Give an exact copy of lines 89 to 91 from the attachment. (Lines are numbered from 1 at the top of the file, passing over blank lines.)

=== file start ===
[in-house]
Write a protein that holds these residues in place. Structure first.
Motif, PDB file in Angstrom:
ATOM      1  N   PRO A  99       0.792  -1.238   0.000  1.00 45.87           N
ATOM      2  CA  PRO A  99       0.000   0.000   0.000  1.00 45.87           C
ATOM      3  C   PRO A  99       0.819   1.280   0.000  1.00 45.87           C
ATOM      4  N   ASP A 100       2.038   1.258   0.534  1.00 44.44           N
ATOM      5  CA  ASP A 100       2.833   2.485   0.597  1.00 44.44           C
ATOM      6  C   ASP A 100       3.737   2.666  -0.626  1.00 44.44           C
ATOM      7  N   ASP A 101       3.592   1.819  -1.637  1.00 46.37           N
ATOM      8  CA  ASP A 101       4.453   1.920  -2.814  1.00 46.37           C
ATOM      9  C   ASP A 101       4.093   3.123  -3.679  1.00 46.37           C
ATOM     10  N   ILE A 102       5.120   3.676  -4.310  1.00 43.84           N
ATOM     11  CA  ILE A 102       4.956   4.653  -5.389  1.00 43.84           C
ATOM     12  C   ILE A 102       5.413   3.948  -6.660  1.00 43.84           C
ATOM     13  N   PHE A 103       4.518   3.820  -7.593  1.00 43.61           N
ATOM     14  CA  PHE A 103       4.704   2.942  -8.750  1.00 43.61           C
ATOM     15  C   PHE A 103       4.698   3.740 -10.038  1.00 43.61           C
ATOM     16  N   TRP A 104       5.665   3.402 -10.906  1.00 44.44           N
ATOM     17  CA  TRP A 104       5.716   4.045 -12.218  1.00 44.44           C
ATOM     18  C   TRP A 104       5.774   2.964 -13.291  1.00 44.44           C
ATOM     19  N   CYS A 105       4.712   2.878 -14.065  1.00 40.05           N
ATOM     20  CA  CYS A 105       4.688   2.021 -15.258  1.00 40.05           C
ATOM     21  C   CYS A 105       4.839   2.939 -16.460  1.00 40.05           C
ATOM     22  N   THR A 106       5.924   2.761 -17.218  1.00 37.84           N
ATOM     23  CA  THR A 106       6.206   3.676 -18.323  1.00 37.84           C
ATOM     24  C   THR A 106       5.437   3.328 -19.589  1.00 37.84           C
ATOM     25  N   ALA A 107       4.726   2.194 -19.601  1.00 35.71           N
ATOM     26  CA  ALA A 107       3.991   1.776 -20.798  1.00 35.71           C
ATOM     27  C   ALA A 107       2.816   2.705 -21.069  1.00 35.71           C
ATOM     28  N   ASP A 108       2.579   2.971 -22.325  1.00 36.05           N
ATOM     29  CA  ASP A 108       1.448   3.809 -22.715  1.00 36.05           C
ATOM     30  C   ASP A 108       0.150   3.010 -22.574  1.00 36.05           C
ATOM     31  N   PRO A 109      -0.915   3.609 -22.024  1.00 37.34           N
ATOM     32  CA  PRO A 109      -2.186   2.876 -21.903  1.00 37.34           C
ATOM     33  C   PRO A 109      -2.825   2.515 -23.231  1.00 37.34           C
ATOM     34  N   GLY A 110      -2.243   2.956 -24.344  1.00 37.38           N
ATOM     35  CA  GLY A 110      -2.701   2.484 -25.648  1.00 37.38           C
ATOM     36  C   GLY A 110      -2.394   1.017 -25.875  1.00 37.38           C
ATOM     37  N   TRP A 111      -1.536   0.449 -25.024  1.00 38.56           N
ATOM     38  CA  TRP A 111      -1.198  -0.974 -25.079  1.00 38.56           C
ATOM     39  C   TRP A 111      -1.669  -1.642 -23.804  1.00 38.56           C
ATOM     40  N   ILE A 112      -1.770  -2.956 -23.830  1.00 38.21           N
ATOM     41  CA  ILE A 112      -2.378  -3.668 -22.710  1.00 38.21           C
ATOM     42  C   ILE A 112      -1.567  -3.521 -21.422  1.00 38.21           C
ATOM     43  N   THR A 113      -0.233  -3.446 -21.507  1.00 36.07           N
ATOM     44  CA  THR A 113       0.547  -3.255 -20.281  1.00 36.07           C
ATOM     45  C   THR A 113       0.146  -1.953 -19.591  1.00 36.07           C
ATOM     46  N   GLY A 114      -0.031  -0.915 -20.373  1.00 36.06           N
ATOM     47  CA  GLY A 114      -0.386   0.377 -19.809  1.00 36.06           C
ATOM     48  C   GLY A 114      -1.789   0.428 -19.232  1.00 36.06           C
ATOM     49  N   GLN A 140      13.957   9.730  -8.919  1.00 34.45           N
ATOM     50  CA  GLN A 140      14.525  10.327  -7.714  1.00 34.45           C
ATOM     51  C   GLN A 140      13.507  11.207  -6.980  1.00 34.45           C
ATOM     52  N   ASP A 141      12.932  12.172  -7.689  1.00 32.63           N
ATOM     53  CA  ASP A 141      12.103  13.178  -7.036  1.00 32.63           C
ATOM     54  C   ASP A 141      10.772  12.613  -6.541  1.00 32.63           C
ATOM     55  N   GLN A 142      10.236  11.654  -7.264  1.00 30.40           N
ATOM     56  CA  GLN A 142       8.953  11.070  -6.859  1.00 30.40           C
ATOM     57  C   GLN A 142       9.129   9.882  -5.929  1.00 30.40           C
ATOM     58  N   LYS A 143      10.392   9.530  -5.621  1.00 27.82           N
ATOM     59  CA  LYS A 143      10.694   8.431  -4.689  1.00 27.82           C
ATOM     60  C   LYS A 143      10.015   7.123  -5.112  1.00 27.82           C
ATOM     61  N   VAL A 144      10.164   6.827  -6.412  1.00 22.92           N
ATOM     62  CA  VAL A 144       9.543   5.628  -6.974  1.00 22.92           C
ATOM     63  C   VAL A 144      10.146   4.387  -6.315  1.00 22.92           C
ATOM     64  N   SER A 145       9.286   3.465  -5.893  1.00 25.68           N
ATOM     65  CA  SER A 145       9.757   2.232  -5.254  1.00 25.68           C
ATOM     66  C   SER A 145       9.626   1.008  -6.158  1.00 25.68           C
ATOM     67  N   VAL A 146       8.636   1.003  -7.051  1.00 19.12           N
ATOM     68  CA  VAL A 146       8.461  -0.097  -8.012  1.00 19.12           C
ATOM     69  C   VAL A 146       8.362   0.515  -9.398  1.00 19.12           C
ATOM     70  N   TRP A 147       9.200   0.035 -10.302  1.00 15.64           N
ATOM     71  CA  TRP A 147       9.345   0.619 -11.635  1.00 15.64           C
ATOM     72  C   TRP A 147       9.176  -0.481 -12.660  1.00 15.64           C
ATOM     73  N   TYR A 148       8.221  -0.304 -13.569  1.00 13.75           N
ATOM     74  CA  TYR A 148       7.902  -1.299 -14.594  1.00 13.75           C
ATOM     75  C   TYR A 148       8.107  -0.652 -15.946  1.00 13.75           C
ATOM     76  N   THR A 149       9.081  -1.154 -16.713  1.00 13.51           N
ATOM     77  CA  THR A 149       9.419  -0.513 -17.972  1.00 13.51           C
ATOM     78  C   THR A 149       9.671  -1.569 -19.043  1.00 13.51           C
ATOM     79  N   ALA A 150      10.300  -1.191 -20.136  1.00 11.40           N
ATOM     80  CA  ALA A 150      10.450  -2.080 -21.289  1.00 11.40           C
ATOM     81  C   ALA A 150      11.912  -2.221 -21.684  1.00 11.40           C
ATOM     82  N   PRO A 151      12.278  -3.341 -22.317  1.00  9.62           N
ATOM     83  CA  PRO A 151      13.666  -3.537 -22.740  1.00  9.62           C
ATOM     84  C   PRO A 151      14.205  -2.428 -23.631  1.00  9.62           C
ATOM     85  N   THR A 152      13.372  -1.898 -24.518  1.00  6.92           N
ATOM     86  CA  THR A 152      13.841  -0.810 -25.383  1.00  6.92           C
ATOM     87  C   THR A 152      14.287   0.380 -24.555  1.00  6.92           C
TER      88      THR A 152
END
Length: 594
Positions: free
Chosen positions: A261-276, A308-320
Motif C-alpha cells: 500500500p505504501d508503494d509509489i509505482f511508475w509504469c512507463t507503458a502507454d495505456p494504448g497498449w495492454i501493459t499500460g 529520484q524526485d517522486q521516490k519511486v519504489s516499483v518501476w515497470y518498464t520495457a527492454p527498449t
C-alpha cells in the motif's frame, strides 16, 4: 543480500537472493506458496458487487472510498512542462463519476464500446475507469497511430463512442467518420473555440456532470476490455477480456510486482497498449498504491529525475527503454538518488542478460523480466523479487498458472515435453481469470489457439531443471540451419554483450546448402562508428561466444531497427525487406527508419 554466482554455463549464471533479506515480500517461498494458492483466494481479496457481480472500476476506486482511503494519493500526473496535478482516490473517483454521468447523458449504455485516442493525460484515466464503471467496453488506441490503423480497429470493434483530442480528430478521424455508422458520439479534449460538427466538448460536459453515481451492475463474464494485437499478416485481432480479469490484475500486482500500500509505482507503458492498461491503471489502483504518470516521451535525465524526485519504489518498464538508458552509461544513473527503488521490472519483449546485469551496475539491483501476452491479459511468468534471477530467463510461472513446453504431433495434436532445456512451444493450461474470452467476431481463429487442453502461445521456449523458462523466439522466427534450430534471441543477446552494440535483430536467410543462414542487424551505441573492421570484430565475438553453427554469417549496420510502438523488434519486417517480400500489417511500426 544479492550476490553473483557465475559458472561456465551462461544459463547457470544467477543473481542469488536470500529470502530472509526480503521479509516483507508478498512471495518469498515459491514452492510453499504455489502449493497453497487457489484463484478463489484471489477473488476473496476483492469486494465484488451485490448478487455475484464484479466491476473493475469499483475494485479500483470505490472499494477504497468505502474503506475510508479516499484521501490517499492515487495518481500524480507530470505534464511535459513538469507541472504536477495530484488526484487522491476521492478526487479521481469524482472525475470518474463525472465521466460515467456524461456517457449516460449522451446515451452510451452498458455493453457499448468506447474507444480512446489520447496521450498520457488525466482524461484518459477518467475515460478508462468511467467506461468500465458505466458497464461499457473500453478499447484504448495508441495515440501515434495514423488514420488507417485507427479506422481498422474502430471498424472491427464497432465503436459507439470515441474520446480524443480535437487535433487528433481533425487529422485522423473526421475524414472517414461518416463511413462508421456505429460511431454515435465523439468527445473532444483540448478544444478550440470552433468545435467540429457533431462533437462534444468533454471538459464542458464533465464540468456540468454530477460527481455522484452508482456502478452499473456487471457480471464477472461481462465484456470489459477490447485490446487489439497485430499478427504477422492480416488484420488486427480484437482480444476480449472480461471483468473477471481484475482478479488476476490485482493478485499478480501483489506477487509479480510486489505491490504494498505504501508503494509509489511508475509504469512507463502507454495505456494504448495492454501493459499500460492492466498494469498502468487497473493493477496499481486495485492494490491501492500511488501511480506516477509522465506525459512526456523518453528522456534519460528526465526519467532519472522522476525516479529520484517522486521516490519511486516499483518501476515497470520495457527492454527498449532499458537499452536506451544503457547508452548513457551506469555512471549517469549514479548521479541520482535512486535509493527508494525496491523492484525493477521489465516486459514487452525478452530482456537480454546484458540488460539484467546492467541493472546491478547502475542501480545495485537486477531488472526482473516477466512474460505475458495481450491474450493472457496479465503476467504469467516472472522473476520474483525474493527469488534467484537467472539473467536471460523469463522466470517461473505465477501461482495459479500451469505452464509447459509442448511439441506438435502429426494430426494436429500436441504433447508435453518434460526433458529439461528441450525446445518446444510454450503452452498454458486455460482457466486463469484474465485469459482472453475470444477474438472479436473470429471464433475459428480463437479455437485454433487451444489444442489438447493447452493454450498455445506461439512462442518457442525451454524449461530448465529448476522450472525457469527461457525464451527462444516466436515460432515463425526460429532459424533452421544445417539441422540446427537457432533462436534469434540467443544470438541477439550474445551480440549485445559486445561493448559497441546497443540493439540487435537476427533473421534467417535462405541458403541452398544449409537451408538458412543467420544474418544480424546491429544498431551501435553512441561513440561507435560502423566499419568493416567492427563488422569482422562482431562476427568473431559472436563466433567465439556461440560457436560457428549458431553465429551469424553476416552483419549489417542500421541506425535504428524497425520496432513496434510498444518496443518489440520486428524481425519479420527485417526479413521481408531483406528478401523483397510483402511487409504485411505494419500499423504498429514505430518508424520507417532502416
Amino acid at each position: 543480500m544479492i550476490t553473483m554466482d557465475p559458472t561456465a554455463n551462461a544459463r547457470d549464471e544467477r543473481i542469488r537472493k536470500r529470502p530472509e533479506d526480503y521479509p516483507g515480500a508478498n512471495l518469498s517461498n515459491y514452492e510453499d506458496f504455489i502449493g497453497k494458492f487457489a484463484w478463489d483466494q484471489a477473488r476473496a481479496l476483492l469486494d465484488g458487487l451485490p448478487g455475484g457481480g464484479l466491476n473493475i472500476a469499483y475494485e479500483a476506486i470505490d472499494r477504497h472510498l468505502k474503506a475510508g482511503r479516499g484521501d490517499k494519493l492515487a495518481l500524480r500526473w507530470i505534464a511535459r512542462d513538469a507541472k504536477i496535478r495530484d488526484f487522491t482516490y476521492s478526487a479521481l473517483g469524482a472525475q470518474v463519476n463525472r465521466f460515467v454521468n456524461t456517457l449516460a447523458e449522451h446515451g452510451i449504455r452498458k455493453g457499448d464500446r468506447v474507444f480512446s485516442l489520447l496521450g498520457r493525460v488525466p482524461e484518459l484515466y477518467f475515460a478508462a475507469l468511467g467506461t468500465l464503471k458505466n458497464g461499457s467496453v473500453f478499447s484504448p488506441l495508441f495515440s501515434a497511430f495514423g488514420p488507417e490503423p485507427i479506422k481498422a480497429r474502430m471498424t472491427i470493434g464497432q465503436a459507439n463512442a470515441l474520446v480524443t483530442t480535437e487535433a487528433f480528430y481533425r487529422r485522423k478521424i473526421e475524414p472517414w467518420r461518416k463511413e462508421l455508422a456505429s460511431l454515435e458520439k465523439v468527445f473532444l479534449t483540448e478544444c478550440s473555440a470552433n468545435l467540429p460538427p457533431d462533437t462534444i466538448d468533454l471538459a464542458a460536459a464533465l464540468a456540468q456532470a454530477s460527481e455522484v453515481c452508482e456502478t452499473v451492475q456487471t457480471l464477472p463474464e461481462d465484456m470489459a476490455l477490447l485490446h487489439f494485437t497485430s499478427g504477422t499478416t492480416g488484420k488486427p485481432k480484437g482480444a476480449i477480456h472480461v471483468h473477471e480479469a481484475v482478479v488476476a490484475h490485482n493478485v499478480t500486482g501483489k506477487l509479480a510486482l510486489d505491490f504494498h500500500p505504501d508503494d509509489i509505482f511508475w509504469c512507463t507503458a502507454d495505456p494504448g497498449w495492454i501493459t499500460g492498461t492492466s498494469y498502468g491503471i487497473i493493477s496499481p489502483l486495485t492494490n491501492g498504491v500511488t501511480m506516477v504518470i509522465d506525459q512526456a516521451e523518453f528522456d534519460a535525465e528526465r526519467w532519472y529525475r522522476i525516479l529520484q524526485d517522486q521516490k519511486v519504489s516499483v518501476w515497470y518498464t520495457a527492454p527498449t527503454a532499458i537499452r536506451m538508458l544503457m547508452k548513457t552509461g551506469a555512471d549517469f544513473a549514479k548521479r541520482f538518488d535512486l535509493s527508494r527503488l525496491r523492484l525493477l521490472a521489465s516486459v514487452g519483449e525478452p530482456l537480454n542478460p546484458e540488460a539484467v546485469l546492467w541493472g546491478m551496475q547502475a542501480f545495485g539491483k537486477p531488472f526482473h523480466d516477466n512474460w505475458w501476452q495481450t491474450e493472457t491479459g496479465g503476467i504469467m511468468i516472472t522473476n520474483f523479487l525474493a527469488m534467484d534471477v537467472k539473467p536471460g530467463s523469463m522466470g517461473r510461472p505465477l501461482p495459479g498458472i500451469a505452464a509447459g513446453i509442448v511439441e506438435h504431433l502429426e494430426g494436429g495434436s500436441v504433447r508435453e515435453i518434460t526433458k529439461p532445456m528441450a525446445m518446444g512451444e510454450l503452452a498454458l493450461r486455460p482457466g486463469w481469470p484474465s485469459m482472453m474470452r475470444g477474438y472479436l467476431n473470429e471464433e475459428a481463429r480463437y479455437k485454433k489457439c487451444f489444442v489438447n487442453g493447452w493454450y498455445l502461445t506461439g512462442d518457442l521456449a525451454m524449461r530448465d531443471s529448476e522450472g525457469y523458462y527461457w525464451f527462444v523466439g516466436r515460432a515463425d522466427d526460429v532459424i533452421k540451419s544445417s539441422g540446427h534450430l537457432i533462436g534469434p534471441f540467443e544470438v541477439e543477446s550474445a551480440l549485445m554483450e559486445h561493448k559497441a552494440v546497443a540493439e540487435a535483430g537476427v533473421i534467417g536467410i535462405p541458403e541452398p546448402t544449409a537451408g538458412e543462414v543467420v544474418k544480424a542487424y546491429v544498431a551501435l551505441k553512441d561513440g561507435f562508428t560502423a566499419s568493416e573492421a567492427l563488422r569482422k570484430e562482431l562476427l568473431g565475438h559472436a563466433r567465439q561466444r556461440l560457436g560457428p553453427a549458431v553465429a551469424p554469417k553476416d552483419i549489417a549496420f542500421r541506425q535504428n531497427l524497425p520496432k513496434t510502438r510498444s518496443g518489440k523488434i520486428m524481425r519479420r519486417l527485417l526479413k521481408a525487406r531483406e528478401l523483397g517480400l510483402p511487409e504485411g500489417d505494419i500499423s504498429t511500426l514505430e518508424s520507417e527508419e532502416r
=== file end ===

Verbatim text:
ATOM     86  CA  THR A 152      13.841  -0.810 -25.383  1.00  6.92           C
ATOM     87  C   THR A 152      14.287   0.380 -24.555  1.00  6.92           C
TER      88      THR A 152